Will BIM Be Big in Residential?
Last week, I received press releases from Milgard and Windsor, each announcing the availability of building information modeling (BIM) files for certain window and door lines offered by the manufacturers. These weren't the first of such announcements I've received by any means, but the fact that I recieved two in one week made me wonder about the role of BIM in the residential window and door market.
Used by a growing percentage of architects, BIM is certainly going to be the normal way of doing business in the construction of commercial buildings. I suspect it will used in the design of apartment buildings and large scale residential projects also. But will companies need to supply BIM files for products used in most single-family homes? What about remodeling and replacement jobs?
I thought I'd use this week's poll question to see where we are with BIM now. But I'd like to hear from you too. Manufacturers, where are you seeing your BIM data used? What kind of jobs? What about those manufacturers who haven't developed BIM files yet? Do you expect to? Are you waiting for demand to grow? And finally, we'd like to hear from dealers too. Are you part of the BIM picture too? Post a comment and share your thoughts.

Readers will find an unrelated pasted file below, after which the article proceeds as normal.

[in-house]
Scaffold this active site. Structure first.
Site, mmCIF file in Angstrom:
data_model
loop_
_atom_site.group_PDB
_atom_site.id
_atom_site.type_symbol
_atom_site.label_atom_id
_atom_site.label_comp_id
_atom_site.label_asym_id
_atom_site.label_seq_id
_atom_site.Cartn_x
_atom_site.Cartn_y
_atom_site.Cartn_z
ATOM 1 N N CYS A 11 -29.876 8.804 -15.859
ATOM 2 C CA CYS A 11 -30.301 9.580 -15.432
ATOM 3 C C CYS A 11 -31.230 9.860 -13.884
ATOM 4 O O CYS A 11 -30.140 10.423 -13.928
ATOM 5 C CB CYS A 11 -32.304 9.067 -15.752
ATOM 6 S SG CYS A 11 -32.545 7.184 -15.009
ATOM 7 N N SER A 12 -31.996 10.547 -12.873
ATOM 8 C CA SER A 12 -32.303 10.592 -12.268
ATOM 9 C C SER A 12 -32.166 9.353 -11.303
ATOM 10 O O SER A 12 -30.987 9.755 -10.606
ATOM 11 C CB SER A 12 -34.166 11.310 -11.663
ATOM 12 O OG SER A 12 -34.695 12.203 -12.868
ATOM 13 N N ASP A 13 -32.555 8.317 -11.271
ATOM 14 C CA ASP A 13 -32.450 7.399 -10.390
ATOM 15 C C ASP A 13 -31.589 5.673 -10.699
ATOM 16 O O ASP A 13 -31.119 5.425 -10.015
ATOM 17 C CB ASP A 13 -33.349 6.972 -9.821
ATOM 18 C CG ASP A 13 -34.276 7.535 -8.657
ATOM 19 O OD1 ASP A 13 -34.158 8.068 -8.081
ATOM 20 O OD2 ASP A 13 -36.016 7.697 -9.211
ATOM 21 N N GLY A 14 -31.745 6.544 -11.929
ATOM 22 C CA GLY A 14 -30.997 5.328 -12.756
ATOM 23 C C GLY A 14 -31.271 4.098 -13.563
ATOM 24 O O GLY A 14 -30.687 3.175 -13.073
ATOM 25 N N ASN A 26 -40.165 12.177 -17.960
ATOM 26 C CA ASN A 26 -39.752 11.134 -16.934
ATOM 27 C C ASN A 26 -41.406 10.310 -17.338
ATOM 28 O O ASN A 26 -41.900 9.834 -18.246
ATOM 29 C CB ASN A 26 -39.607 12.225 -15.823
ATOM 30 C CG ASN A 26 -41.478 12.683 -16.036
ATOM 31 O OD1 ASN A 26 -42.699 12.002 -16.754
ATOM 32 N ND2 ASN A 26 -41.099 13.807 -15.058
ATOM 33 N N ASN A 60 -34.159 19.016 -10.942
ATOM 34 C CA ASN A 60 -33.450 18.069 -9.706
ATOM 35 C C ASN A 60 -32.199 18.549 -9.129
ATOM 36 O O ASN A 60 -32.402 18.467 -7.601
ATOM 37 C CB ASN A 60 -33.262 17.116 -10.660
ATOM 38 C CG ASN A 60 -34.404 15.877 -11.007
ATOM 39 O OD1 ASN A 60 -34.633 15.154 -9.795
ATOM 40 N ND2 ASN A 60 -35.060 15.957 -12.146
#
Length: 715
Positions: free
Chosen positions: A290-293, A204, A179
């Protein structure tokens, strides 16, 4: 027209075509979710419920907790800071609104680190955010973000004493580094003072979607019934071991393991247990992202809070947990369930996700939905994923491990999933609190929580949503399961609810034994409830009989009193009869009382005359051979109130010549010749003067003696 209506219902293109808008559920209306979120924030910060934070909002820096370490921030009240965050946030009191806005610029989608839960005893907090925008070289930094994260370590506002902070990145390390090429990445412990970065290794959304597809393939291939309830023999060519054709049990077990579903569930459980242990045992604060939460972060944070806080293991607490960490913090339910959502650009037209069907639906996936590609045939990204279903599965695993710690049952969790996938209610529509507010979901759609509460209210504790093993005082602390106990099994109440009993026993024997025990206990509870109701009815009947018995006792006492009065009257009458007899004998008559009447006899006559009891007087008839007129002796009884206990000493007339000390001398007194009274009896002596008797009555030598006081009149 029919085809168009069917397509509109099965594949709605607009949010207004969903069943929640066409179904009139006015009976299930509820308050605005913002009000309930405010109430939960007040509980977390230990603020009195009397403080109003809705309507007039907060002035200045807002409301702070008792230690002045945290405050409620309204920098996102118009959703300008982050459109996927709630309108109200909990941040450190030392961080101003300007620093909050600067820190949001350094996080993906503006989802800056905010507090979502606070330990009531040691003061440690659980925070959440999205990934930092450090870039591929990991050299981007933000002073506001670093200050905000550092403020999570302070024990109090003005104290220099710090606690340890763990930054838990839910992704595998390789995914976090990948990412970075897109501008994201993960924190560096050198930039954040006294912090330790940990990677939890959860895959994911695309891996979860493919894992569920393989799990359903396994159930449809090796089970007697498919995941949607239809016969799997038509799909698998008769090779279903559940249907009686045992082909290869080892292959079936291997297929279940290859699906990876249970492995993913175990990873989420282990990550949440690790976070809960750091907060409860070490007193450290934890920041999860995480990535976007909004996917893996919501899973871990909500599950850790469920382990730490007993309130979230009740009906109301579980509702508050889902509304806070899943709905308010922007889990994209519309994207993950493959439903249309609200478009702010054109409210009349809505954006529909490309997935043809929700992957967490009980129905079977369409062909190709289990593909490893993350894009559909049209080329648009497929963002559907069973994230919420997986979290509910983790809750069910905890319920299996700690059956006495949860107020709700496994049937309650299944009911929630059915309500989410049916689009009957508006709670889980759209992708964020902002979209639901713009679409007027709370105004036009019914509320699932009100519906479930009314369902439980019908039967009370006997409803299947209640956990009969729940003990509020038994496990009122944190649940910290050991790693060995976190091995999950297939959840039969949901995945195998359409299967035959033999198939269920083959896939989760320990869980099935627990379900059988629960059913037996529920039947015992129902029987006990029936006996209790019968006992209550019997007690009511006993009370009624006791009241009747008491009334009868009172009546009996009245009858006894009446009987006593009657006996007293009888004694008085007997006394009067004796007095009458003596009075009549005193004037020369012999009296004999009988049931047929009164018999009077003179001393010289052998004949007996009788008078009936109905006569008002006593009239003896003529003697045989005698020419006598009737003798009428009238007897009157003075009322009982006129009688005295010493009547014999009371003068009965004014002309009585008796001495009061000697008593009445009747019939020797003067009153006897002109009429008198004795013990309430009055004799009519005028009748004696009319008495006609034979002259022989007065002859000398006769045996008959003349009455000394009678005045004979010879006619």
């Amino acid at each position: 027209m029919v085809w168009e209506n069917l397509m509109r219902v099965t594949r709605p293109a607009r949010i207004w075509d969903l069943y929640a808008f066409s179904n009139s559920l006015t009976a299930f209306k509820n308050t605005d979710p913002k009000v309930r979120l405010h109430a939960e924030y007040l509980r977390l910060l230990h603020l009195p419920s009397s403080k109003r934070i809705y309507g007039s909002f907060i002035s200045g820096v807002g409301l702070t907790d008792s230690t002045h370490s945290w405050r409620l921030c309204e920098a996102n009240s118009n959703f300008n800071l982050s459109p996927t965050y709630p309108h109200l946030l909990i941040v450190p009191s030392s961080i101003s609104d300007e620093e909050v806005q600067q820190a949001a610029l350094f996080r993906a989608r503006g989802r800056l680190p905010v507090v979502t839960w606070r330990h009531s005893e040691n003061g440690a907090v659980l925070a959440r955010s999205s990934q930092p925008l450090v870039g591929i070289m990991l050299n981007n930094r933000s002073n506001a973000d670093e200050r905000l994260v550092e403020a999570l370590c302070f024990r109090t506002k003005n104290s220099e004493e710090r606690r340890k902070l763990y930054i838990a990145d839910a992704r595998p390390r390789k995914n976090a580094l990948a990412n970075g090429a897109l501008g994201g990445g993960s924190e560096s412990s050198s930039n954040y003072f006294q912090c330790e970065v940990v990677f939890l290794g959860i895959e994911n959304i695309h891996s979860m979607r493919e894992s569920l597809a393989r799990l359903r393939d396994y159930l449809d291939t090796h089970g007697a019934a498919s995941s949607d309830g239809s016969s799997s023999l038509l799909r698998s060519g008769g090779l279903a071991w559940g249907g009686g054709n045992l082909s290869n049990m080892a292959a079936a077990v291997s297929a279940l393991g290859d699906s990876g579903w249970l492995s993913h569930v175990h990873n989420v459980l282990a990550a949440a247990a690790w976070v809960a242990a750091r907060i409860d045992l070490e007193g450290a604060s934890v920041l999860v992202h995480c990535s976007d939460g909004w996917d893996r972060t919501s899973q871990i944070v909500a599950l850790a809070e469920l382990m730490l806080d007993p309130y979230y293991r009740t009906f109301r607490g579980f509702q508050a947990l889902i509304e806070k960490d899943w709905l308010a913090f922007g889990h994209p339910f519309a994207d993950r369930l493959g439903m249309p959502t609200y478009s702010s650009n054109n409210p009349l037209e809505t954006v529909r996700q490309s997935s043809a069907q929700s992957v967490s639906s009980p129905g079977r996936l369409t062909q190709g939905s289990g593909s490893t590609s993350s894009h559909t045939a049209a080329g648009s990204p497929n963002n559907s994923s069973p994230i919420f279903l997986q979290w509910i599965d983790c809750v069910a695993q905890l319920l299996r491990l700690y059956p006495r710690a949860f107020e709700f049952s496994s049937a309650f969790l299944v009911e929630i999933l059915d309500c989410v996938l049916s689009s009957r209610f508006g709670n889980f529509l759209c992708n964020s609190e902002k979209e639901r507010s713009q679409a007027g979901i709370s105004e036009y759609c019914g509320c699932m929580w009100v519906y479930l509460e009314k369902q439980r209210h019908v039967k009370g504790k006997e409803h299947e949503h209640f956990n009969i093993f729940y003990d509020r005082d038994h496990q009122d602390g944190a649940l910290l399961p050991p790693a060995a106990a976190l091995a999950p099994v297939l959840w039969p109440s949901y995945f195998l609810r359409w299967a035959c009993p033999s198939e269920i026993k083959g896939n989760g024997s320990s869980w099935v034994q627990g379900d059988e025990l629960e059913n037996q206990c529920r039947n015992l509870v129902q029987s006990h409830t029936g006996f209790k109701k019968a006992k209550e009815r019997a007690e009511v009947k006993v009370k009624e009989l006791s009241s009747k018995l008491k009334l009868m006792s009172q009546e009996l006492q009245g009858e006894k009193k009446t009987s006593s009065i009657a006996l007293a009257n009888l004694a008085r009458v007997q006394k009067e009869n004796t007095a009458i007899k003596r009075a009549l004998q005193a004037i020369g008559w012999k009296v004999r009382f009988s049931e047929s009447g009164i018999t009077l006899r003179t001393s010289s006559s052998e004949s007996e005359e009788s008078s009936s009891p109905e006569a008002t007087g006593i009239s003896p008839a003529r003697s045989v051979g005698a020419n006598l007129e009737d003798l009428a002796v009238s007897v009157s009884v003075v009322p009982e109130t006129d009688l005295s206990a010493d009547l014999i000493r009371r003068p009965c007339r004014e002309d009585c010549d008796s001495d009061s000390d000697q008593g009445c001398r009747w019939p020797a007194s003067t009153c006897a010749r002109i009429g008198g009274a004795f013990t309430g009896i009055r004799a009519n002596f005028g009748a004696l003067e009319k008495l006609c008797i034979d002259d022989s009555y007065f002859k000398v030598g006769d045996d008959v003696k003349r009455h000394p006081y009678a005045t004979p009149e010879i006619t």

Survey Results as of 07/30/2012:
Is your company working with BIM technology?
No, and we don't have any BIM plans yet
Yes, but primarily for commercial projects
Yes including work related to both residential and commercial projects
No, but we plan to in the near future
Our poll results suggest BIM has yet to gain much traction in the residential window and door market. The vast majority of our respondents aren't working with BIM yet and have no plans for the future. Among those respondents using it, more than half say it's primarily for commercial projects.
It's not hard to see why larger firms with more resources–companies like Milgard and Windsor–are introducing BIM for their products, however. Sure, homeowners looking for replacement windows, not to mention the dealers looking to to the job, may not see the need. It's easy to imaginee an architect working on multifamily or institutional project looking for BIM data, however. As life cycle analysis and other green building concerns become more of a factor in the market, demand for BIM might grow.
For many compaies, it may be just fine not to have BIM plans yet. But it's probably something that needs to be watched.